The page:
A triptych is usually an icon with three images together. In the last few weeks there were three separate moments that have together spoken to me.
The first was at Sunday Mass two weeks ago. We attended the children’s mass at Old St. Pat’s here in Chicago and after Gospel, the presider called all the children in the church to gather on the steps to the sanctuary. He asked them if any of them had any special gifts and talents. He gave them examples of silly things like being able to roll your tongue or cross your eyes. He also gave them other examples like being able to sing and dance. Every child there happily rose his or her hand and acknowledged that they had a special gift.
The second moment was Saturday evening watching the US figure skating championships. The top two winners in the competition would represent the US at the Olympics. Some of the women competing were in their mid 20s which is considered old for this sport and this most likely would be there last chance to go to the Olympics. The commentator gave them a lot of credit for training for so long and encouraged them not to leave the sport with any regrets otherwise they would wonder for the rest of their lives what if…
And lastly, yesterday at Sunday Mass the presider quoted Mary Oliver’s poem “When Death Comes” in his homily. The poem ends with this sentiment, “When death comes… I don’t want to end up having simply visited this world.”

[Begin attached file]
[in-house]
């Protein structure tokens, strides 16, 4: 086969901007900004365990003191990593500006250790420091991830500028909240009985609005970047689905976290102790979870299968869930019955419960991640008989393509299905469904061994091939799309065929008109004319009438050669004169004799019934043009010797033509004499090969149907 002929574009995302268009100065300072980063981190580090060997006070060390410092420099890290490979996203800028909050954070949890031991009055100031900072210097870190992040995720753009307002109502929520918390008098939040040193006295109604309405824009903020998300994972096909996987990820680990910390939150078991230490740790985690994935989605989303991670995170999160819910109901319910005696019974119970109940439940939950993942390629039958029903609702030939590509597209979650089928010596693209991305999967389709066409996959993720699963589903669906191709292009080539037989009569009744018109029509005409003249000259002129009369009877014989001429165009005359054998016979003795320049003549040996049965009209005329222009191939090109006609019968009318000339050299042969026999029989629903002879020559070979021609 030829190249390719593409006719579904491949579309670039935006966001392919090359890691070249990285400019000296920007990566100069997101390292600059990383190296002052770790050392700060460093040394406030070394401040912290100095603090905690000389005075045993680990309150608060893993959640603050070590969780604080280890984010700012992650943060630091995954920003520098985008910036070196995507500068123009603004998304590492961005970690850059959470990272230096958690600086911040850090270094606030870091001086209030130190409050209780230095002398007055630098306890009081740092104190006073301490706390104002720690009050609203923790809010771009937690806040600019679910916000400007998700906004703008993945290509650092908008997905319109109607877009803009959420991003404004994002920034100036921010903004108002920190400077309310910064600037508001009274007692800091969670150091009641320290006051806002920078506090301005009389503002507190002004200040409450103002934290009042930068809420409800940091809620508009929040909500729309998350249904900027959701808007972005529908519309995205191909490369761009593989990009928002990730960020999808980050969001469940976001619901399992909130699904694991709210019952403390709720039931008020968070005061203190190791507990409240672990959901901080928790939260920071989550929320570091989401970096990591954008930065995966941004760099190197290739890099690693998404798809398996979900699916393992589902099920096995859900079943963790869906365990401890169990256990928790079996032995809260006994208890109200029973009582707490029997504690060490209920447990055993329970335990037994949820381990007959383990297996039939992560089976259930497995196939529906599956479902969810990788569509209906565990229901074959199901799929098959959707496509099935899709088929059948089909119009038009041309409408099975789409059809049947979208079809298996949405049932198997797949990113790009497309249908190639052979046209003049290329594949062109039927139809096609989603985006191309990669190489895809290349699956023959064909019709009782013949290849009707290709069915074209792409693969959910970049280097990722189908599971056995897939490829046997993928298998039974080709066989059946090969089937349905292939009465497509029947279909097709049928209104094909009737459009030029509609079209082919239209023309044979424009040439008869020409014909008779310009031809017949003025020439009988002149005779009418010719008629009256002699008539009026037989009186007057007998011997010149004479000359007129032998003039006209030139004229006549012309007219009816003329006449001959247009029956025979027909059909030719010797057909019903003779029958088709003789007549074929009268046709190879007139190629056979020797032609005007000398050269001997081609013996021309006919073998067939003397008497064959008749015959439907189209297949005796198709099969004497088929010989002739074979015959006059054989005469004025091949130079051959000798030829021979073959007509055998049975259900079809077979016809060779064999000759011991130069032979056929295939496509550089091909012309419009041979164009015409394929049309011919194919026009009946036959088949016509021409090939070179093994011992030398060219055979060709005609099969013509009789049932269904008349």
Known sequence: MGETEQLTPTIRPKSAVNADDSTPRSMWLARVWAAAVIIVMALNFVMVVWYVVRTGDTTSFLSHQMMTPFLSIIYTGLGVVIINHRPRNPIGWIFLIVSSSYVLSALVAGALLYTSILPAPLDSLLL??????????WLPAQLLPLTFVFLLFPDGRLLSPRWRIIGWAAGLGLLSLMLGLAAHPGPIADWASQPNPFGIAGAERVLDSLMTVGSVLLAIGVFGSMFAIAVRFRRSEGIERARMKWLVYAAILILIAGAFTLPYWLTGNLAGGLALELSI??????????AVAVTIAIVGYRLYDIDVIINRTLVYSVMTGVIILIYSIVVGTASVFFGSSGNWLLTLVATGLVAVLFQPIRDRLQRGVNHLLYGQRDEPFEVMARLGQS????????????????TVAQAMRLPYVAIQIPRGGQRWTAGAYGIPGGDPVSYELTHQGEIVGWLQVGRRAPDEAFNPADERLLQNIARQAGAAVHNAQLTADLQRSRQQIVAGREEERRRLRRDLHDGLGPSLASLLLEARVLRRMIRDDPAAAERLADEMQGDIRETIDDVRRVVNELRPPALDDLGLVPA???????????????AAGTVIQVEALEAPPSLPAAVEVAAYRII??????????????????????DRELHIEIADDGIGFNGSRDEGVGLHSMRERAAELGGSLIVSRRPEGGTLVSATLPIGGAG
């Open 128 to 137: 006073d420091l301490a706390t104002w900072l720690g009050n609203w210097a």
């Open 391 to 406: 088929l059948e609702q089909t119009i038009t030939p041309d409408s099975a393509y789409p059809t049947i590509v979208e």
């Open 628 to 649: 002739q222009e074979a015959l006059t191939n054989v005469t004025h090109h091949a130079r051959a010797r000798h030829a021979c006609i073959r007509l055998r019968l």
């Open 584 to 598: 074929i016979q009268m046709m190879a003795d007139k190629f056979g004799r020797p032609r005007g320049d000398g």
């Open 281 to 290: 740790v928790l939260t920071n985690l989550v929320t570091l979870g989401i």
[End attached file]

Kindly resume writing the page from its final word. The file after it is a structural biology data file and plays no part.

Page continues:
At a glance, these three things may not seem very cohesive. But each of them made me pause and consider what are my gifts, am I using and developing them so that I won’t have any regrets, if I were to die tomorrow would I feel like I had only visited this planet. I know that I have been blessed by God with various gifts and talents but like the youngsters at St. Pat’s can I readily and willingly name them? Can I claim them with joy and exuberance rather than putting my gifts down as nothing special? And what of the skills that I have that are perhaps not as good as another’s in the same area? Am I still developing and using them, still trying my best while I have the energy? And when the time comes can I let the younger generation replace me? Am I living so that I won’t have regrets that will make me some day ask what if I had really tried to write some poetry or create some lovely artwork, what if I had learned Greek and Hebrew? There are no simple answers to these questions.
However, as I prepare to take on the work of forming the new members of our community these questions become more important because these are precisely the challenges I will have to present to the young women in my care. I will want to help them discover and use all the gifts they have. I will want them to make the most of their formative years and move forward with no regrets. And if I am to be an authentic witness, if I want to leave this world not as a visitor then I must do the same myself.
Several years ago, I came across some excerpts from the works of Erma Bombeck. Though she was known for her funny stories, it was some of her more inspirational writings that have stayed with me. As I face these questions about how I will choose to live my life these words of hers are a source of hope and inspiration. She wrote, “”When I stand before God at the end of my life, I would hope that I would not have a single bit of talent left, and could say, ‘I used everything you gave me.’ “